You will be expected to outline your ability to lead and manage a crew, including your leadership philosophies and how you will inspire those under your command to follow you. These principles apply to every fire department. The same applies to written documentation that you will be expected to complete in the form of a memo, essay, documented counseling session or administrative report. You will be expected to be able to determine priorities for the day and identify issues that must be handled in the proper order. Again, the same principles apply to every department and will be scored by raters using essentially the same grading sheets, regardless of your region of the country.
The Incident Command System (ICS) was developed by the California fire service in the 1970’s in response to the massive reoccurring brush fires. The federal government took ICS and put their spin on it, relabeling it as the National Incident Management System (NIMS) and requiring fire departments to use it if they are seeking federal reimbursement. Most California fire departments use ICS on every incident.
California is often considered to be a litigious state with a strong union presence. California is one of the few states that has adopted the Firefighter Procedural Bill of Rights. This requires knowledge and skill when utilizing the progressive disciplinary system to manage a firefighter who has strayed outside the policies and procedures.
The challenges particular to California fire departments give the creators of AFO a level of real-life experience that benefits the members of this site. In addition, we have served as raters in promotional exams for many departments outside of California. We are very familiar with what is commonly tested during promotional exams and have taken this information and incorporated it into our programs.
To ensure our materials are current and relevant to the entire country, the Aspiring Fire Officers Advisory Board, (link to section in About Us drop down) which is made up of fire officers and chief officers from across the country, regularly reviews our materials and weighs in on our members’ questions. They are also actively engaged in writing and proctoring promotional exams.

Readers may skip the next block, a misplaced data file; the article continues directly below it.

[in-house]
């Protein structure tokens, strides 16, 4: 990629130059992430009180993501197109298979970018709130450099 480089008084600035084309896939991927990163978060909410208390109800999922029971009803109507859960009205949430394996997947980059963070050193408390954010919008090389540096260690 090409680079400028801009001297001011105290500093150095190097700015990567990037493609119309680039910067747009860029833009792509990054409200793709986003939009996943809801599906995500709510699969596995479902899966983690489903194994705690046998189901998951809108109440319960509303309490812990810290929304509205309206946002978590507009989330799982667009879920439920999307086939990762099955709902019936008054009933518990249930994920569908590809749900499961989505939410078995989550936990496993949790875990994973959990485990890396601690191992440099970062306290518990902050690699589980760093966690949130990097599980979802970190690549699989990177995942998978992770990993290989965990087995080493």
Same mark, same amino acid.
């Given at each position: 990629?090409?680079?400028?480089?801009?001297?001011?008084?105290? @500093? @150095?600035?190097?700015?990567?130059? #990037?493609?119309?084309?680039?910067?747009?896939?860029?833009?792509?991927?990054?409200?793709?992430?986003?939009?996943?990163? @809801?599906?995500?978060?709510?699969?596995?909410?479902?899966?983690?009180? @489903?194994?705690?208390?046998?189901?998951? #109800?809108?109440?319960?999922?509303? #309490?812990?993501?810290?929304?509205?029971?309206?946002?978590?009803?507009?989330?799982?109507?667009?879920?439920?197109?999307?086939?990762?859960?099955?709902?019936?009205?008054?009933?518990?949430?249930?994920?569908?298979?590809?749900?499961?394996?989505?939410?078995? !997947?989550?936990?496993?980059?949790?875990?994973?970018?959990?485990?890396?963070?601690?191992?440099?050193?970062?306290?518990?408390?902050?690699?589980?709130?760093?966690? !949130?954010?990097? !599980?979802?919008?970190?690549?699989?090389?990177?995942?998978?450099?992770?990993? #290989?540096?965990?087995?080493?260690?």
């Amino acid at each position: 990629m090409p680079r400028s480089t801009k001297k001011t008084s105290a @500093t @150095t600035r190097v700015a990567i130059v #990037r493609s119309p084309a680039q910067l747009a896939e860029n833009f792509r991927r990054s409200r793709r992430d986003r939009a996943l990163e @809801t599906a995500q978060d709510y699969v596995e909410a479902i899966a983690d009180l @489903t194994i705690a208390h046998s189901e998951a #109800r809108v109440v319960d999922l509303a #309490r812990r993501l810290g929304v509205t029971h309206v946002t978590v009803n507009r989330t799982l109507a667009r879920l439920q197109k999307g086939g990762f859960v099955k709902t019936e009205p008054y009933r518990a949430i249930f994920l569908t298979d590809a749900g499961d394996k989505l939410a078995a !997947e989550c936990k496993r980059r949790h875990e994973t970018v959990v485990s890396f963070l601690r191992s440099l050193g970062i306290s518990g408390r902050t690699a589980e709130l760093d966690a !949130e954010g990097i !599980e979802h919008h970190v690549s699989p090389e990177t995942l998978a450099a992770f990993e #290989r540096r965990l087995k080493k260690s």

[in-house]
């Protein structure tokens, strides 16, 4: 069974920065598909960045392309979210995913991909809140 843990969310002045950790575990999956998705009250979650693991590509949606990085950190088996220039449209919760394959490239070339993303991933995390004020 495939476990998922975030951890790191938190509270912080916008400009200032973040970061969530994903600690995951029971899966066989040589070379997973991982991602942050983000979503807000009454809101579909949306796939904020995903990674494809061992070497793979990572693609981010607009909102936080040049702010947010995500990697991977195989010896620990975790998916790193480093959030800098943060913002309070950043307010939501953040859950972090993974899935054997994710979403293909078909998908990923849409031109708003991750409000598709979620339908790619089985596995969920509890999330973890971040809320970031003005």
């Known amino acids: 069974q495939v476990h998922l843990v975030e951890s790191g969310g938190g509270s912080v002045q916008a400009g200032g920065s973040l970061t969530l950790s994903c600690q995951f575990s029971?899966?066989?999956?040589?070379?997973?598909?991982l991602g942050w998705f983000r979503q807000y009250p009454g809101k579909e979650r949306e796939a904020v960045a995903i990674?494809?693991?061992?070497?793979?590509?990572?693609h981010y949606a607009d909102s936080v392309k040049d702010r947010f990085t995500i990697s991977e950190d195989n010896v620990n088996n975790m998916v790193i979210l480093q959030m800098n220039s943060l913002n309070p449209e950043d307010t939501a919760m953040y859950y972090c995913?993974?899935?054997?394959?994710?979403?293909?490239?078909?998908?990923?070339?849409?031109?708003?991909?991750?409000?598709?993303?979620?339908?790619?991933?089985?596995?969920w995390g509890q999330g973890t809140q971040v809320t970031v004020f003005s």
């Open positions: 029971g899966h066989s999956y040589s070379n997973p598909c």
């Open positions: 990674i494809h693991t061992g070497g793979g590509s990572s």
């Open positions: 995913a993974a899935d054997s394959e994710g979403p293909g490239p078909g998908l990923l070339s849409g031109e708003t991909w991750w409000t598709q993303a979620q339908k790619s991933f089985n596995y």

Each section includes a stand-alone video that introduces the section and explains how to practice using our material. A separate video explains what the raters are looking for and how exams are scored. We have created over 75 videos for our five sections to help you understand the key points that will likely be tested during your exam, and more importantly, will be invaluable once you get promoted. Becoming a full access member will give you access to all of the videos.
In other words, joining early means that you will learn how to do things correctly the first time and not have to try to remember what you wanted to add to your delivery. The testing process is difficult enough without the additional stress of changing your established routine or trying to remember information that is new to you.
We encourage you to absorb what the site has to offer, and then evaluate how this would apply to your department. It is important that you follow your agency’s policies and procedures. If you find any discrepancies between our site and your policies, defer to your agency’s policies and procedures. We recommend approaching your agency’s chief officers to vet the information you learn on the site and advise you on how to incorporate it into your routine.
In the end it is your decision on whether you will incorporate the contemporary information and practices you have learned into your exam.
Private coaching allows us to meet with you individually, identifying any areas of weakness and focusing our coaching on your specific needs. By building on your strengths, your customized training plan can help you achieve a higher level of performance. It also produces a different level of interaction that will help you prepare for success before your exam and after you are promoted.